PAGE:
How for instance is love measured? What does providing for and protecting include? And comfort? At least “until death do us part” is fair for it specifies an event and so no one can compel a surviving spouse to be buried with a dead partner (and you know how many relatives would love to do that and then take over the house and other valuables). But one can argue their way out of the other wedding promises.

The climax of wedding injustices comes from the preachers who urge the partners to always forgive the other party for whatever crimes they commit. If courts operated in the same spirit, all murderers and robbers would walk free to continue murdering and robbing more victims while counting on systemic forgiveness.

The text of the declaration at the end of the big Nairobi climate summit for Africa brought to mind a glittering wedding, whose success is measured first on its having been held at all, the number of guests, the size of the cake and the courses of the meal. Africans should hope that future climate summits are not measured the way a bride measures a wedding (including how less beautiful her lady friends looked), but in tangible, countable outcomes.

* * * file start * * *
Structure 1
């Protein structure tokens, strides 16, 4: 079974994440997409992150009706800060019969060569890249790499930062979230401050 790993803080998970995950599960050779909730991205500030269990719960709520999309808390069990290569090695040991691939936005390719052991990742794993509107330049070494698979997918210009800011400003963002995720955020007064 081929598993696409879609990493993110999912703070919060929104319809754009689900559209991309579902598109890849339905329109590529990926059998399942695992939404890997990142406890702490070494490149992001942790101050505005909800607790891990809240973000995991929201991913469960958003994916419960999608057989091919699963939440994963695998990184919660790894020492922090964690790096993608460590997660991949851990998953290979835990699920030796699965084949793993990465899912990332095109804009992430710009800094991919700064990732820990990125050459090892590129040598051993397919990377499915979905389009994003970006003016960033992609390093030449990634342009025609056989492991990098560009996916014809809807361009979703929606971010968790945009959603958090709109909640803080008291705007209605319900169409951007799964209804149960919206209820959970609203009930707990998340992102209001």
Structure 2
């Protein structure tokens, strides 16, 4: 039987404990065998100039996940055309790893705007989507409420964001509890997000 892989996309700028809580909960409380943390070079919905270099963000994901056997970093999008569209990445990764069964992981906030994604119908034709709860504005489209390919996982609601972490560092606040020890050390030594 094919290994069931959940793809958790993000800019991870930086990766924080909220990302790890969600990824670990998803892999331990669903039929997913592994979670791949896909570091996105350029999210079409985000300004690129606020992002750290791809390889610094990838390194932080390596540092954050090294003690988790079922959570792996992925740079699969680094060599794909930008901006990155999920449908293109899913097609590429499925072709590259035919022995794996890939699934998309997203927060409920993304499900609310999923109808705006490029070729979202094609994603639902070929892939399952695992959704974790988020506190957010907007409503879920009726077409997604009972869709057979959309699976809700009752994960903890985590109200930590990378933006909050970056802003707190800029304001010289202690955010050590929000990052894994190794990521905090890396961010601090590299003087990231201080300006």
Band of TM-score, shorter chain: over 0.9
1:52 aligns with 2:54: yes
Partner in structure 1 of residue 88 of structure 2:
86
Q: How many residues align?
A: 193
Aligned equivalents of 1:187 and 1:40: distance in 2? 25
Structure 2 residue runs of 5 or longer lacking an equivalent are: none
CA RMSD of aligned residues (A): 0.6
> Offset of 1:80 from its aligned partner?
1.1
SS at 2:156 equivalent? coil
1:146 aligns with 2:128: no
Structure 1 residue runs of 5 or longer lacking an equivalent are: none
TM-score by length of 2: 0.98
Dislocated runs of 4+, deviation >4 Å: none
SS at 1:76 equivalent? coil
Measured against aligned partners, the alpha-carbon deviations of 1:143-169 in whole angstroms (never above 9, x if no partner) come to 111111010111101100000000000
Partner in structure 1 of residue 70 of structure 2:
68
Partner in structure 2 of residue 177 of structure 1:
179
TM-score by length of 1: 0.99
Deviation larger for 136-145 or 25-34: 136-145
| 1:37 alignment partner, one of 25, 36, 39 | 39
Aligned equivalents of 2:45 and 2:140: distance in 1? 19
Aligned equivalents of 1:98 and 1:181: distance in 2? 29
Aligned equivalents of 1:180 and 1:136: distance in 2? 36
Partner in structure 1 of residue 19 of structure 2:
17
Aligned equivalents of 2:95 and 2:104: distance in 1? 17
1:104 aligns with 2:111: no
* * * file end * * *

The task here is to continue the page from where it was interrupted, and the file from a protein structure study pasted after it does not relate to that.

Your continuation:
At the Nairobi climate summit, we Africans demanded specifics from the rich countries with which we are justifiably angry. We were accurate on what they owe and should pay in Nationally Determined Contributions (NDCs). Then we also made our ‘commitments’ but were careful enough to remain non-committal. We promised policy formulations, the right investments and job creation.

Somehow, we did not say how many jobs and by when. This was a climate summit, for God’s sake, and the heads of state who have armies of researchers at their disposal should have specified, or at least estimated, the number of jobs to be created in the provision and application of clean energy.